Tuesday, July 31, 2012

Emily Kopp, '14, Exploring the Recording Industry at Nonesuch Records

Free concerts and social events with the “big fish” in the music industry are great, but intern Emily Kopp is enjoying even her more tedious duties at Nonesuch Records this summer.

“Sending packages has never been so fun!” says Kopp, a Business major entering her junior year this fall. “On my first day I packaged new Shawn Colvin CDs to be sent to magazines, radio stations, producers, etc. and after that I found myself sorting through band poster and older records.

“I got to check out band merchandise from Wilco, Punch Brothers, The Black Keys, and Carolina Chocolate Drops,” she says. “When a new artist releases a CD, I'm in charge of sending the pre-releases to everyone on our publicity manager's contact list.”

Kopp says her first day at work was like the first day of school, “But way scarier.”

Thursday, July 12, 2012

Talya Mallin, '14, Honing Communication Skills at JP Morgan Chase

Halfway through her 10-week internship at JP Morgan Chase, Talya Mallin has found her learning has gone beyond investment banking to lessons that will last a lifetime.

“One lesson I have learned is time management and to just go with the flow,” says Mallin, ’14, a Financial Economics major.

“There have been times when my manager gives me a project and a deadline, and then a day later will change the deadline. I then have to organize everything I am working on to make sure I can get the project done on time. “

She says she is honing her communications skills as well.  “Whether I am talking with professionals and managers in the office, or talking to the teams we support in Mumbai and London, communication is very important and very different from what I am used to in school.”

Mallin says she found her internship through CareerLink at the Gwen M. Greene Career and Internship Center.  She worked with counselors to improve her resume and coverletter before applying.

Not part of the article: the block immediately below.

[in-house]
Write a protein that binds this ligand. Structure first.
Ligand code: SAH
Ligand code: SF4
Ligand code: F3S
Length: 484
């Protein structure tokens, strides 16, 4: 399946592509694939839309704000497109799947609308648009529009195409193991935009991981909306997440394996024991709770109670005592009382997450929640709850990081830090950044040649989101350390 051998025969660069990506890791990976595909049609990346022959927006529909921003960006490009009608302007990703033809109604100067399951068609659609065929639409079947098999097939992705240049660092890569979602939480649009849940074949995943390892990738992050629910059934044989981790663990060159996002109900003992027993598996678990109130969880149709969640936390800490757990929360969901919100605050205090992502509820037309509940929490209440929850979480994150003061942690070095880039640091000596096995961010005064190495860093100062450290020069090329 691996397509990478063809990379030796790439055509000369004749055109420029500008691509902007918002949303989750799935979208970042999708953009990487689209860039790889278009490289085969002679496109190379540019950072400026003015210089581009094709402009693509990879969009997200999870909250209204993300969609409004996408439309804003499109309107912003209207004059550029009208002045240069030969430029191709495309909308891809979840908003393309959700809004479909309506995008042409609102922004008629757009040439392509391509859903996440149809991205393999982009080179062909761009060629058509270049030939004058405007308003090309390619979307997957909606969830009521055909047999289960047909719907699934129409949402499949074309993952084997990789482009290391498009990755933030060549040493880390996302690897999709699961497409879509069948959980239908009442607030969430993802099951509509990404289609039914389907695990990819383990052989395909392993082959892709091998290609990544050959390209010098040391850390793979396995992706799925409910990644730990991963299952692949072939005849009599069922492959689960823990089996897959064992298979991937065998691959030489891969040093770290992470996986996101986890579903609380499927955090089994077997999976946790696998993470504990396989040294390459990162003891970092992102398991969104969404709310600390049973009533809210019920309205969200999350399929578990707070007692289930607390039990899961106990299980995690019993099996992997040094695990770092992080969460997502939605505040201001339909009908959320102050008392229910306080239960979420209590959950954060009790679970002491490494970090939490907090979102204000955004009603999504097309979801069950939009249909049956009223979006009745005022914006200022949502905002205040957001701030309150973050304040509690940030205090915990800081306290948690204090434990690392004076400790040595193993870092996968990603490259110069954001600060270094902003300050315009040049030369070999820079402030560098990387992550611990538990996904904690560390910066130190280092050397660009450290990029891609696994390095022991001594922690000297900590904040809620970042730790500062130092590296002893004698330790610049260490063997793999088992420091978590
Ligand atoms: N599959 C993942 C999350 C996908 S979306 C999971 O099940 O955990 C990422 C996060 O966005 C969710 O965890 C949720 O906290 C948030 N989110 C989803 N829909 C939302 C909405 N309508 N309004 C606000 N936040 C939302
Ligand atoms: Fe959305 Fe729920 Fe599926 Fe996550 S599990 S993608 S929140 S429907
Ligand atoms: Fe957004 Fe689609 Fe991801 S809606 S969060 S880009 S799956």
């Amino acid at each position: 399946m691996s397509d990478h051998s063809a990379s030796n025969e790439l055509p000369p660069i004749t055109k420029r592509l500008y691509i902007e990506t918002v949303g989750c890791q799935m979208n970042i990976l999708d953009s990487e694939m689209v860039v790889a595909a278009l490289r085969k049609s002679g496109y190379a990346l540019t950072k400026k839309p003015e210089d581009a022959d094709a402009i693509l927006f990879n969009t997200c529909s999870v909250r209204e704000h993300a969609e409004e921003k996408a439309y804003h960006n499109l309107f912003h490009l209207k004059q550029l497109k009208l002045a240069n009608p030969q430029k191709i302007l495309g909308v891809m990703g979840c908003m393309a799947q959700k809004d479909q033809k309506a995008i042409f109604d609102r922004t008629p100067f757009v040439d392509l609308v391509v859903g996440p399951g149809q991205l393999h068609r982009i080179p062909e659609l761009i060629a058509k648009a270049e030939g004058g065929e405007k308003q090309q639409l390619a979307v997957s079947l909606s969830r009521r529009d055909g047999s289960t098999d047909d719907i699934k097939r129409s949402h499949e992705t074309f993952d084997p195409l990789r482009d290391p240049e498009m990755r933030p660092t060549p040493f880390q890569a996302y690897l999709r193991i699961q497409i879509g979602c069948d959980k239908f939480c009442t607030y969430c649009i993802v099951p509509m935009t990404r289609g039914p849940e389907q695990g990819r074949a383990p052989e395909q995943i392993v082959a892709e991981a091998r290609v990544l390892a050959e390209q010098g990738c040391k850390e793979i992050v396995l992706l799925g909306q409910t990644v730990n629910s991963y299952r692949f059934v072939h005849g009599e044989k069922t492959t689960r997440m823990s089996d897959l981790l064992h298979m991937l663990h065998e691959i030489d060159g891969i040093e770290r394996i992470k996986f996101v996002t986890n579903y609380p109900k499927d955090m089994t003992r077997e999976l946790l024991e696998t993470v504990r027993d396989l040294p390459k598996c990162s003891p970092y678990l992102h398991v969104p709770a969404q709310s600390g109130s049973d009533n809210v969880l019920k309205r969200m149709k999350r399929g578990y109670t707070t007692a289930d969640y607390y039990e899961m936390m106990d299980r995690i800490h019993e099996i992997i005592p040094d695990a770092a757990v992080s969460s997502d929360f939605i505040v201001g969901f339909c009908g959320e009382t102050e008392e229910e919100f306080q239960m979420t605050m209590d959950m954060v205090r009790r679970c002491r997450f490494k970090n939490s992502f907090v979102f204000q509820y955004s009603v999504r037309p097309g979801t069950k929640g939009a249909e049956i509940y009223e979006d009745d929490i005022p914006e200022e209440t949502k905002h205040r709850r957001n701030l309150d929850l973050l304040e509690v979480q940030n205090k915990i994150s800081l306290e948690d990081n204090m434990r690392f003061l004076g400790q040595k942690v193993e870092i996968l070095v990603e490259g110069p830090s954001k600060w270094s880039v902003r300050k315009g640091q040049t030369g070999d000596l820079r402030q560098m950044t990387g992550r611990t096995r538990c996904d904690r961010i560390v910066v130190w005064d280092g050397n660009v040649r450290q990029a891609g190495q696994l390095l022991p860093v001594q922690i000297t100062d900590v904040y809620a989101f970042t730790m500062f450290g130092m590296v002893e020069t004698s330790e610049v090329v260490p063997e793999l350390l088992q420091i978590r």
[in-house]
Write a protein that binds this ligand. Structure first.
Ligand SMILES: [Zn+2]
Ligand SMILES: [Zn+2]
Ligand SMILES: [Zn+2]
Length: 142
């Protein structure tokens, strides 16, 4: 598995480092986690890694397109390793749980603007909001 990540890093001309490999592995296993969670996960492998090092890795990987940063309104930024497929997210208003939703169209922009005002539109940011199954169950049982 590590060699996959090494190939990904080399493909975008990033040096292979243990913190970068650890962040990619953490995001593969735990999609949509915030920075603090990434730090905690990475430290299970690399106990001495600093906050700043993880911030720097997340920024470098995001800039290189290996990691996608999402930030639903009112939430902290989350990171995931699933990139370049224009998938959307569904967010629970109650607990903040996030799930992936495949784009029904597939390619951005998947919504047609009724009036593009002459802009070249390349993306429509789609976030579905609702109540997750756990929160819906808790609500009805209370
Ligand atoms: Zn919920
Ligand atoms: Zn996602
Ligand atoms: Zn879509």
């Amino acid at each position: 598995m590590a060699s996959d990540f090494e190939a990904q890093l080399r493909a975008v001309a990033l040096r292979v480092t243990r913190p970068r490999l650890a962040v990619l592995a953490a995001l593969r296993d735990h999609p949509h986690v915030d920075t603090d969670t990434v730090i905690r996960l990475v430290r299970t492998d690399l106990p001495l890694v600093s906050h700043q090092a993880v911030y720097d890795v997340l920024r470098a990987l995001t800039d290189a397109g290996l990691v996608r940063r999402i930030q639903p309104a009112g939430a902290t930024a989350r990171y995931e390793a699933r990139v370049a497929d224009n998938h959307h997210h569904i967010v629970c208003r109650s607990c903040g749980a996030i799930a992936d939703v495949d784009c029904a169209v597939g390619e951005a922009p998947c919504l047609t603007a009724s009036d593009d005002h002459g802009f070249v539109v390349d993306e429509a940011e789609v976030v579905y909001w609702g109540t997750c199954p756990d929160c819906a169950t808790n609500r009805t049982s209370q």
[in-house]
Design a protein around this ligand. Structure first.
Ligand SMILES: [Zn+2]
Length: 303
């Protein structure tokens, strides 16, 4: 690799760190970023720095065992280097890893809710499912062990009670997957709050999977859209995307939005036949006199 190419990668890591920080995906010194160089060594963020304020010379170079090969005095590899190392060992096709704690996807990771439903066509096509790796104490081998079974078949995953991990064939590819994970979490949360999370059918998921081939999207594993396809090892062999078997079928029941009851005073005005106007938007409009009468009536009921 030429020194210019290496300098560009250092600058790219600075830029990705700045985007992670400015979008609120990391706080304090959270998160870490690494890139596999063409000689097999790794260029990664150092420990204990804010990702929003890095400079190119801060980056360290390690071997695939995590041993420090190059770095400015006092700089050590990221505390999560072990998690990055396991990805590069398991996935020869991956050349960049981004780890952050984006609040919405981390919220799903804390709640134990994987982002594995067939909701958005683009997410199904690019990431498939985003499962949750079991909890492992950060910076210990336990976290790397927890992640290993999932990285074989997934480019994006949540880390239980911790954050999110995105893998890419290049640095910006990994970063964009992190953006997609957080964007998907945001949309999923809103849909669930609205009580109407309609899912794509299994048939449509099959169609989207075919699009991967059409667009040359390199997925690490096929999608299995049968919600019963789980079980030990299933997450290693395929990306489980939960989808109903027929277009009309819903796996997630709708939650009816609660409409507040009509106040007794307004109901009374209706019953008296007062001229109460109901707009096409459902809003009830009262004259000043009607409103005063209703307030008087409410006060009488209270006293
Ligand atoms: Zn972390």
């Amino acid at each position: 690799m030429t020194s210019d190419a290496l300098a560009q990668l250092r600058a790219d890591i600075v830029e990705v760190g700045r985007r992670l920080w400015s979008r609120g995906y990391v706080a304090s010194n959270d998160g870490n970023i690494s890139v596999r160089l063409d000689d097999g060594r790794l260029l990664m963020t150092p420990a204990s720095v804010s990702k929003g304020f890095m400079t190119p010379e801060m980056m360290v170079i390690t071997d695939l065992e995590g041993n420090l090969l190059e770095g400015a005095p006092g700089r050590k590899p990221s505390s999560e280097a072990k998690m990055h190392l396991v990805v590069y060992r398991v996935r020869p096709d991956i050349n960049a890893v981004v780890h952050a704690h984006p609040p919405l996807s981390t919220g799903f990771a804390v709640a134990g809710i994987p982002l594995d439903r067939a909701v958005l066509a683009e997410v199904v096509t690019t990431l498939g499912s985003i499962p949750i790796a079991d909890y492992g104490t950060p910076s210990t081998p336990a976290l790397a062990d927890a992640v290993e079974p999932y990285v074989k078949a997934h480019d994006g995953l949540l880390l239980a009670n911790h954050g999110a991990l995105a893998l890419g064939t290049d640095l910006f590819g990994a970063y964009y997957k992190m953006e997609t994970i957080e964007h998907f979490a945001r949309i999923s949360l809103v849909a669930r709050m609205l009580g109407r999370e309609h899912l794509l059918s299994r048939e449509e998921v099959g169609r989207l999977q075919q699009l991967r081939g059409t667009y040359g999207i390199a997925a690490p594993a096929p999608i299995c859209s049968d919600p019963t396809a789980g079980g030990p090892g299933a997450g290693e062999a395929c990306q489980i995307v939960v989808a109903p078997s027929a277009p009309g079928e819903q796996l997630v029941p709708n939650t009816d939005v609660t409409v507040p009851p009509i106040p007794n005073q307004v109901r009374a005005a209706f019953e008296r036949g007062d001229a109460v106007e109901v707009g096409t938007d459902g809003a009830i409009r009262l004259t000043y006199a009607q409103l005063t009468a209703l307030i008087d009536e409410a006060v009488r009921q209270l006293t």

Tuesday, July 10, 2012

Making the Most of Your Summer

Summer is a time that you look forward to as the end of an academic year and the beginning of a period of rest, relaxation, and, yes, FUN. If you’re looking to make the most of your summer by either building your resume or enhancing your education, Gwen M. Greene Career and Internship Center Senior Assistant Director Ellen Cole has some ideas:

Summer is a time when most students are free of their major commitments, you have the ability to work, do an internship, and volunteer more easily than they would during the academic year. If you are a pre-medical student, you may wish to volunteer at a local hospital, and if you are a business or engineering student, you might want to see what internships are available at local companies. Or, check out the hundreds of shadowing opportunities offered by UR alumni. Try to tailor your summer activities to fit your career interest.  Make sure to document these experiences on your resume!

Summer internships and research projects are a great way to get real-world experience in the field you are interested in. Some internships pay but you may want to volunteer; what is most important about an internship or a research is to gain experience in your field, this gives you something solid to write about on your resume as well as the possibility of being employed by the company/organization once you graduate. The key to selecting an internship is making sure that you have something to offer the company. While much of your internship will be a learning experience, knowledge and hands-on experience in your field is imperative as well.